Mapping Tool Provides Insight into How Climate Change Is Affecting the Security of African Nations
Redlands, California —March 27, 2012—The Strauss Center's Climate Change and African Political Stability (CCAPS) program has implemented Esri technology to view how climate change impacts vulnerable populations in Africa. CCAPS created the dynamic mapping tool in partnership with AidData for use by researchers, policy makers, journalists, and citizens. Users can visualize any combination of CCAPS data on climate change, conflict, and aid on a map to discover how different forces overlap or intersect.
"This mapping tool allows policy makers to analyze data from multiple sources at once, providing integrated analysis of the drivers and responses related to security risks stemming from climate change," said Francis J. Gavin, director of the Strauss Center.
The tool is already being used in the country of Malawi for a solution that tracks and reports on the country's external funding. Aid information is mapped along with data on climate change vulnerability and incidents of conflict. This sheds light on whether aid is effectively targeting regions where climate change or conflict poses the most significant risk to the sustainable development and political stability of the country.
"Climate change poses an enormous threat to the livelihoods of millions of Africans," said Jean-Louis Sarbib, CEO of Development Gateway. "The level of risk, however, is not evenly spread and certainly doesn't respect national boundaries. To ask critical questions about how development assistance can reduce vulnerability, you need hyperlocal data on climate and also on aid-funded interventions. This is what the new CCAPS mapping tool shows in a digestible, interactive way."
By integrating CCAPS research on climate change, along with existing datasets such as topographic maps, imagery, and thematic information on conflicts, the CCAPS mapping tool aims to provide the most comprehensive view possible of climate change and security in Africa.
"The great work of these organizations is a real game changer for the development community," said Jack Dangermond, president of Esri. "Being able to create a tool that allows people to communicate with others all over the world using maps is powerful. I am impressed with the work being done and excited to see what they will think of next."
CCAPS and AidData will continue to release upgrades to the mapping tool throughout 2012. The current mapping tool is available to use now at www.strausscenter.org/ccaps/mappingtool. For more information on AidData, go to www.aiddata.org. Learn more about GIS solutions for climate change from Esri at esri.com/climate.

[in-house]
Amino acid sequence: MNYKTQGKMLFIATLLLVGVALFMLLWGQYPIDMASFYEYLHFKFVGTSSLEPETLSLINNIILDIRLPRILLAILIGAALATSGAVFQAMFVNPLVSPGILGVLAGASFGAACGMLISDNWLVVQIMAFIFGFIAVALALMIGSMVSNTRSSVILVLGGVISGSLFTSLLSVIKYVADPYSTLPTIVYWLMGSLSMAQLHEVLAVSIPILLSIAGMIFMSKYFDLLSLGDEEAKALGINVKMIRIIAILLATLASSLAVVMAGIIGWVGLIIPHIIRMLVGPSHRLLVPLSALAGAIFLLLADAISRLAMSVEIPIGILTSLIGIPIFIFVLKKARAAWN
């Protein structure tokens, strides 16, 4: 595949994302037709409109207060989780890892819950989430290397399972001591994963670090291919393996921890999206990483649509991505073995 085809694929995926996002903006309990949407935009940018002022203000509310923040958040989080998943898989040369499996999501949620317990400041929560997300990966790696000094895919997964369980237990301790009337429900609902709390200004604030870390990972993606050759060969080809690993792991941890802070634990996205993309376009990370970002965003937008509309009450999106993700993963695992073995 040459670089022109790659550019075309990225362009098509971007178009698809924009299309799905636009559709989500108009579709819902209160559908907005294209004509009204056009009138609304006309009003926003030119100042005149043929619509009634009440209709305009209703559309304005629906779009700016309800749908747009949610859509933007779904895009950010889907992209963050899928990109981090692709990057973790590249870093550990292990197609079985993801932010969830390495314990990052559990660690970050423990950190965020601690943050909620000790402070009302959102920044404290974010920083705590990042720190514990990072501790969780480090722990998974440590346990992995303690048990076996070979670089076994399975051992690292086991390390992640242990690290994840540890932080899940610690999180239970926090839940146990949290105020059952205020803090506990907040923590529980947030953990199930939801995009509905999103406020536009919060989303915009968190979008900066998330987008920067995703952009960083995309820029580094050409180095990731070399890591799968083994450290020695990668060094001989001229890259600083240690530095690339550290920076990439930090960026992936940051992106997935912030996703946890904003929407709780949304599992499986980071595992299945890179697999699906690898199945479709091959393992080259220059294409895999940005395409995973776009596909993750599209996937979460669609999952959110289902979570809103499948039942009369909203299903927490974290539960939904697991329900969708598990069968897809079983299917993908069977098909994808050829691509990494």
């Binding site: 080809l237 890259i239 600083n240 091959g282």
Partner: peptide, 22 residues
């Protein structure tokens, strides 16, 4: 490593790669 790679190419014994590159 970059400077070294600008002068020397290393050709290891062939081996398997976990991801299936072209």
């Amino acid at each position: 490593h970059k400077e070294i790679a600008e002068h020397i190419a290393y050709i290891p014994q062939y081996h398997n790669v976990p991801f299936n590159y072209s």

Since 1969, Esri has been giving customers around the world the power to think and plan geographically. The market leader in GIS technology, Esri software is used in more than 300,000 organizations worldwide including each of the 200 largest cities in the United States, most national governments, more than two-thirds of Fortune 500 companies, and more than 7,000 colleges and universities. Esri applications, running on more than one million desktops and thousands of web and enterprise servers, provide the backbone for the world's mapping and spatial analysis. Esri is the only vendor that provides complete technical solutions for desktop, mobile, server, and Internet platforms. Visit us at esri.com/news.
About the Strauss Center
Funded by the US Department of Defense's Minerva Initiative, the Strauss Center's program on Climate Change and African Political Stability aims to assess where and how climate change poses threats to stability in Africa, develop strategies to build government capacity to respond, and evaluate the effectiveness of foreign aid for climate change adaptation in Africa. For more information, please visit http://ccaps.strausscenter.org.
AidData is a collaborative initiative to make information on development assistance more transparent and accessible. The AidData team works with a range of partners to geocode development activities, create data visualizations, and explore new ways to collect and standardize information about development projects around the world. AidData is a joint program of Brigham Young University, the College of William and Mary, and Development Gateway. For more information, visit www.aiddata.org.
Contact: Karen Richardson, Esri
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